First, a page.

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American Annals of the Deaf

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Moon on the Meadow: Collected Poems

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My parents made sure there were plenty of novels around the house, and an old set of Encyclopaedia Britannica volumes. My dear Aunt Carole supplied me with all manner of books, frilly bathing suits, my first typewriter and steady encouragement. My parents and my aunt were my early critics and fed my brain in earnest.

My first short story was published during the eighth grade, in the school newspaper. It was completely fictitious, about a neighbor boy (I had changed his name, I wrote) who had been bitten by a poisonous snake in our backyard, which ran down to a creek. He manages to make it to the side door of the house, where he rings the bell and then knocks feebly as his life slowly ebbs away. My mother is at home, baking a pie in the kitchen. Because she is deaf, she cannot hear his pleas for help. He dies on the porch; the neighbors blame my mother and have her arrested. The judge realizes the death is not her fault and she is exonerated.

Why did I write such a thing? The faculty, students, and administrators of St. William’s School all thought it had been a true story. They believed it was real because of the description, the detail, and my manipulation of scene, language, and image in such a way that the story seemed quite plausible. When my parents read it, they just about died. I think I was trying to evoke sympathy, community understanding, some sort of compassion for the circumstances of many deaf people. Combined in this story was a mild sense of outrage at how frequently the hearing community exhibits prejudicial behavior toward deaf people. I am also ashamed to admit that I benefited, for several months, from the waves of sympathy exhibited by those who thought the snake story was true.

Also in the eighth grade, I wrote my first haiku, in English class. Its content led to a concern that, because I was being raised by deaf parents, I was inordinately depressed. I was forced to go into counseling, with a school psychologist who watered his artificial plants. Here’s the poem:

Planes zoom overhead
and all in Danang lie dead.
The silent bomb falls.
My observations of those whose good intentions nonetheless further false and stereotypical thinking about the abilities of deaf people sometimes also appear as themes in my work. I wrote a scathing poem about this psychologist. It is still on the wall in my office and cannot be repeated here. Sometimes CODAs are treated by behavioral, medical, and school personnel as if we are science experiments just waiting to burst into flames.

Then there was the time my mother was in Hudson’s, at the candy counter, trying to buy some assorted chocolates for a Christmas box to send to some relatives. The salesperson immediately assumed that my mother was mentally challenged, and simply turned away, refusing to engage her in any fashion, disappearing though the curtained doorway that led to the back room. Or the time when a drugstore clerk called the police after thinking that my mother had stolen an item that had simply fallen into her shopping basket and that she had not set on the cashier’s counter to pay for. This sense of outrage still informs some of my poetry. Watching some of the discrimination my parents endured and feeling their frustration are forces that occasionally find their voice in my work. My mother once told me that when her parents had company, she would be put in a closet, released only after the last guest had departed. Some of those experiences have made their way into my poems, as have some of my memories of life in our own family, like the Christmas parties at the deaf club.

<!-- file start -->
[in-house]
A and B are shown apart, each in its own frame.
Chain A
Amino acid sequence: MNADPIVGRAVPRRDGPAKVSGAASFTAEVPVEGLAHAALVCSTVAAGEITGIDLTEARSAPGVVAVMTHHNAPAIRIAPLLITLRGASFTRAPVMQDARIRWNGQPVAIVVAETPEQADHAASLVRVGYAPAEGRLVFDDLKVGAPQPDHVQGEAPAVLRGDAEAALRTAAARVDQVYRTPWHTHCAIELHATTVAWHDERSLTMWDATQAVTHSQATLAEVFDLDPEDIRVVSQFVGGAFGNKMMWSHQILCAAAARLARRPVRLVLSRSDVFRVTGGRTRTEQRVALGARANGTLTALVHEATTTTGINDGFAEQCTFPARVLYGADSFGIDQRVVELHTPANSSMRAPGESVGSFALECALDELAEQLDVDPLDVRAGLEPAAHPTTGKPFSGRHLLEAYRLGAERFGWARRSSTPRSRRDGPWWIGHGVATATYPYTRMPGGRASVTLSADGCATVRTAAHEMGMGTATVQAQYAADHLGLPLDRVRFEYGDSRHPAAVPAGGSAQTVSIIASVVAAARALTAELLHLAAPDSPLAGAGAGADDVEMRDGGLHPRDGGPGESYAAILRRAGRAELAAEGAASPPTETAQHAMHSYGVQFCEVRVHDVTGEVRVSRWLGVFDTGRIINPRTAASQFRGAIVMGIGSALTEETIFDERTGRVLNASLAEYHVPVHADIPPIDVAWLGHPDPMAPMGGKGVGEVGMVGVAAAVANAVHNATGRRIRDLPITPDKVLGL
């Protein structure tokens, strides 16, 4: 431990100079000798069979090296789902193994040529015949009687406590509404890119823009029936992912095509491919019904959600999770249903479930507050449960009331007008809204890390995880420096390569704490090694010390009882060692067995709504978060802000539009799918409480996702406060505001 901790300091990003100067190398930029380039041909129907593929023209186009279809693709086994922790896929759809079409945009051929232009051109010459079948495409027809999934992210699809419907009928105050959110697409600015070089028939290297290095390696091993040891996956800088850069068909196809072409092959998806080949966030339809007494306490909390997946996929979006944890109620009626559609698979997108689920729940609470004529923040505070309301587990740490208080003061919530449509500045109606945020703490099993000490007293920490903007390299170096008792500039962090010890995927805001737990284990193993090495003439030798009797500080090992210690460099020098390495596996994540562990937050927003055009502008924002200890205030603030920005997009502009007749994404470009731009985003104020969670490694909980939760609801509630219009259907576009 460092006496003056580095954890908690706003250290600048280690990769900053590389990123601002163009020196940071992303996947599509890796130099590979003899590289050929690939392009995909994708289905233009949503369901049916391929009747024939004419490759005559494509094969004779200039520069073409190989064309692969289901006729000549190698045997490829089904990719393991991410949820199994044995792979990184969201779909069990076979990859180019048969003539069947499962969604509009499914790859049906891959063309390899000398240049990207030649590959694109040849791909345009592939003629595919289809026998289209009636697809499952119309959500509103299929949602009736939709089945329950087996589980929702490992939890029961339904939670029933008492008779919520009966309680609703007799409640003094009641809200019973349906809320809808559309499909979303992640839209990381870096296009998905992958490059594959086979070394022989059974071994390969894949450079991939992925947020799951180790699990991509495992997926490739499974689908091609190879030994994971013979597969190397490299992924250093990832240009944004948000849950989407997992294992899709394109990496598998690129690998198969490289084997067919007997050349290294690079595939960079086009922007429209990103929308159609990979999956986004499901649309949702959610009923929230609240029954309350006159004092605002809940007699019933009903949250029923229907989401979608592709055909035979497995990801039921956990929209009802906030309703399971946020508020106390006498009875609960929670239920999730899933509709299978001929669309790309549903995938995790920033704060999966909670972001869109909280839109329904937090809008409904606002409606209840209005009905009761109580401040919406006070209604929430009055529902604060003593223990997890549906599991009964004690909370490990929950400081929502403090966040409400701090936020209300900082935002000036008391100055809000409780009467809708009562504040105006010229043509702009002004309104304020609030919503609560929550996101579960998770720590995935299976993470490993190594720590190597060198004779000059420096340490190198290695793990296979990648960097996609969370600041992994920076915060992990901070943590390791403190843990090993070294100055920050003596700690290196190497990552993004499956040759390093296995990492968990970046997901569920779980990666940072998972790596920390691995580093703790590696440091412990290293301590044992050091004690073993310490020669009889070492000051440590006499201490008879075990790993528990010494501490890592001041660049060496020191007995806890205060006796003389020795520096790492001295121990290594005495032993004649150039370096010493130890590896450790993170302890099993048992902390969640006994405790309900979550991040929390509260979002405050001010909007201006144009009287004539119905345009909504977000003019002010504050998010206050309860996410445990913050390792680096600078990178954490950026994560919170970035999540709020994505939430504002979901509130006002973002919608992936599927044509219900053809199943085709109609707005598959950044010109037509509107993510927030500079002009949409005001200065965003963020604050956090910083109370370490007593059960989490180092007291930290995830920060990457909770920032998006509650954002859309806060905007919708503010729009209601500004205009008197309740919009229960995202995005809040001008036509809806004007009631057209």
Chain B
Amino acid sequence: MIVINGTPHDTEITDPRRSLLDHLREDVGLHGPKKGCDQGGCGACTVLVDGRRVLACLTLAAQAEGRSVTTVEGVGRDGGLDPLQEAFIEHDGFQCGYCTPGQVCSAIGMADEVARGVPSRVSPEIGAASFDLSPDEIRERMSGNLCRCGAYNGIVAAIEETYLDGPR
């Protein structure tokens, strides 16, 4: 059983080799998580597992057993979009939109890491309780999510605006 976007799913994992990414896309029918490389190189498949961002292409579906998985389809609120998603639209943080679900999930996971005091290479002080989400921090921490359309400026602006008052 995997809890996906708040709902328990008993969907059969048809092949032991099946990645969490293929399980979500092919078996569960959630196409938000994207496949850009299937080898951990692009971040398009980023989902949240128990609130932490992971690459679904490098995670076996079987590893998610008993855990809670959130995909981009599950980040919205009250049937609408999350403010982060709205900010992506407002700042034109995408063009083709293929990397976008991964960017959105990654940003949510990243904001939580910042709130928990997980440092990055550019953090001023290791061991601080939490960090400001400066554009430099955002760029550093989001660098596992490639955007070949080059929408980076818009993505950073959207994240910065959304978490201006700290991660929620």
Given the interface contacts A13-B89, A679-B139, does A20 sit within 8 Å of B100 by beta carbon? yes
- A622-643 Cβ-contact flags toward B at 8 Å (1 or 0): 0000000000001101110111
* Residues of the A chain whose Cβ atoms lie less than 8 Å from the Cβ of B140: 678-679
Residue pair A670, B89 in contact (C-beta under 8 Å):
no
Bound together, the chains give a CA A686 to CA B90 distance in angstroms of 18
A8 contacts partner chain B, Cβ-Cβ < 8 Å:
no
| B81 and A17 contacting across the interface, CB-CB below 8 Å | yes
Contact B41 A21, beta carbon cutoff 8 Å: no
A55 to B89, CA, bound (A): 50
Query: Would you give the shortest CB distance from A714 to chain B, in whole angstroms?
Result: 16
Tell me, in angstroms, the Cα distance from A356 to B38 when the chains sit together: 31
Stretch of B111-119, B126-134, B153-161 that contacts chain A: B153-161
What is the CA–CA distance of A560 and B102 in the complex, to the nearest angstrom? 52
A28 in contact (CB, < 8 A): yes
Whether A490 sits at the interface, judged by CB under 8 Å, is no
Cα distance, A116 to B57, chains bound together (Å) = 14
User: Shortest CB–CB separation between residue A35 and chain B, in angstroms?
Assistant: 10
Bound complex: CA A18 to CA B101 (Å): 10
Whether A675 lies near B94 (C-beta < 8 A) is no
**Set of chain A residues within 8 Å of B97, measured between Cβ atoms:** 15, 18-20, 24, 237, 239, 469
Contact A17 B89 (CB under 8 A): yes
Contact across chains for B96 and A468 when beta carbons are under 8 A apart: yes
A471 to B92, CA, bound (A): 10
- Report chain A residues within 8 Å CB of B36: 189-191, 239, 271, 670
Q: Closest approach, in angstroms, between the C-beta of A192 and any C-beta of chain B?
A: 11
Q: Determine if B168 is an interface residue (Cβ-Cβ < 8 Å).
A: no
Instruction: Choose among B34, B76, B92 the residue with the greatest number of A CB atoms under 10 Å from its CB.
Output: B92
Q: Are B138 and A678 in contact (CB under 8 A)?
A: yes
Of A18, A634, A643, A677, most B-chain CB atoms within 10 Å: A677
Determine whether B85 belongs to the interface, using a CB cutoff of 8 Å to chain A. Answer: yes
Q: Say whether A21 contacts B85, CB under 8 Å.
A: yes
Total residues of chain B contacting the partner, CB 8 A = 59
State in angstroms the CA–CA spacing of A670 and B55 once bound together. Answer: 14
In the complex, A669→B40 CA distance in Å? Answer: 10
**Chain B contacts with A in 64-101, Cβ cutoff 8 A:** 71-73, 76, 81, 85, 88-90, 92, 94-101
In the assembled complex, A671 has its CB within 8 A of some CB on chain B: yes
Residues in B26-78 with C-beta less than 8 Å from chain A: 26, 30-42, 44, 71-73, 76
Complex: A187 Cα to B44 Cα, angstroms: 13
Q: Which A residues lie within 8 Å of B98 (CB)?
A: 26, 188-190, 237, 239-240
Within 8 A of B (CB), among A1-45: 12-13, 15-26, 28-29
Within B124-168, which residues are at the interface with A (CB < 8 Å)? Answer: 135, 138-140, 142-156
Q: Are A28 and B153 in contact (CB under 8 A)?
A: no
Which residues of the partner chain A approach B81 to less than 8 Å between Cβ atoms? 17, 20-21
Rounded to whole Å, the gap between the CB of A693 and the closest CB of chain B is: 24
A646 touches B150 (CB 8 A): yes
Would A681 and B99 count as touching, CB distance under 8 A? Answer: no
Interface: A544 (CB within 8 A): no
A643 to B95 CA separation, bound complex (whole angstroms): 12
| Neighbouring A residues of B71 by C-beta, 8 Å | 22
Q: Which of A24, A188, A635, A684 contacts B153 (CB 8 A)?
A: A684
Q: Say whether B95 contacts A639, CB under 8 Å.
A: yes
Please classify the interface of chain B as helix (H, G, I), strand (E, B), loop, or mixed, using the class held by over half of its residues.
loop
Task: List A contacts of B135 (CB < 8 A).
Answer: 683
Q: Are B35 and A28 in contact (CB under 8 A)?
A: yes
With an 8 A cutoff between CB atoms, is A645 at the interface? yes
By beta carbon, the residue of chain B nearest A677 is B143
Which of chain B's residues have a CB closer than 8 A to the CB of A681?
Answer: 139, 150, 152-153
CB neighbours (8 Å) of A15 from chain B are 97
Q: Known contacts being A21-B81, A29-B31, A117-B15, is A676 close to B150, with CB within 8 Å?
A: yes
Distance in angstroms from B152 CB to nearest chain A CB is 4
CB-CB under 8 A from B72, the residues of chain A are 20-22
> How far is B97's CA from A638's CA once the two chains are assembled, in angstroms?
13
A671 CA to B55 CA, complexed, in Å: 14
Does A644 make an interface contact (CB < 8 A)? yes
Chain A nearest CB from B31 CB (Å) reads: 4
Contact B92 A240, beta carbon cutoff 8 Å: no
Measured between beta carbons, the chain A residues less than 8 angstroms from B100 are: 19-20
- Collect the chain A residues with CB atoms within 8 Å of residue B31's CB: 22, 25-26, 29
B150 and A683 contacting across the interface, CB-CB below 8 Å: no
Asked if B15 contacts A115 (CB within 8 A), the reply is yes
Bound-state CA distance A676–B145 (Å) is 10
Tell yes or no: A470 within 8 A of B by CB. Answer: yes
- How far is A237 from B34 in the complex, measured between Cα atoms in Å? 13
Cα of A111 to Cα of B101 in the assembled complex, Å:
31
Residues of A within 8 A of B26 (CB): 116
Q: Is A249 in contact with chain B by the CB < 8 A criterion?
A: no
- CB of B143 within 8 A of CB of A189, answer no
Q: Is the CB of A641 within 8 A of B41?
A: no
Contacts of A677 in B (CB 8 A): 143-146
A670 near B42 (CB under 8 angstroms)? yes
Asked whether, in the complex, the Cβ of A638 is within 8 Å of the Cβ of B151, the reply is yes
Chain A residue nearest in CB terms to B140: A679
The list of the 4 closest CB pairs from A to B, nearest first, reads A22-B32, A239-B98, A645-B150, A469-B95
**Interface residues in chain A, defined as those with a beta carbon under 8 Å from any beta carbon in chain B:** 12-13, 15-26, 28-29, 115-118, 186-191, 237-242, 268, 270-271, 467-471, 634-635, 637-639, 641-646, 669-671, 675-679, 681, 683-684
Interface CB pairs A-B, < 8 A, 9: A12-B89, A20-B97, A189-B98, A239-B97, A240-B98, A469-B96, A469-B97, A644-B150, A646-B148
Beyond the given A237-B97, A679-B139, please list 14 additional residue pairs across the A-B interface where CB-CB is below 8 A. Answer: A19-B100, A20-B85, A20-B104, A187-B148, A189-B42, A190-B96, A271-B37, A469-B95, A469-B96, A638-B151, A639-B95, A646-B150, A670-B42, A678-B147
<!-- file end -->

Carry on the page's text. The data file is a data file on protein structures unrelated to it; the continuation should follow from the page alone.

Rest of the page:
And then there is a great deal of experience, expressed in some of my poetry, as my parents’ interpreter. I was making phone calls to doctors’ offices and other agencies as early as age four. If I missed an important call in the middle of the night while sleeping, I was usually punished. Nonetheless, my overall feeling is one of gratitude for and celebration of being a quasi-member of two cultures, even as that identity was often one of confusing and overlapping allegiances. Some of this identity conflict also appears in my life and, therefore, my work. I am actually a little more comfortable in the deaf community than in the hearing world, and yet I love music, and I love sounds like the scraping of figure skates on ice or the grinding noise made by truckers as they are downshifting. I love to say favorite words out loud, slowly, like “amalgamated” or “Palomino.” Even when my hearing siblings and I get together, we often use sign language rather than speech. I attach sounds to motion, as when wheat stalks are rustled by the breeze. When I speak, I often stumble over words and their pronunciations, preferring to make myself understood by signing.

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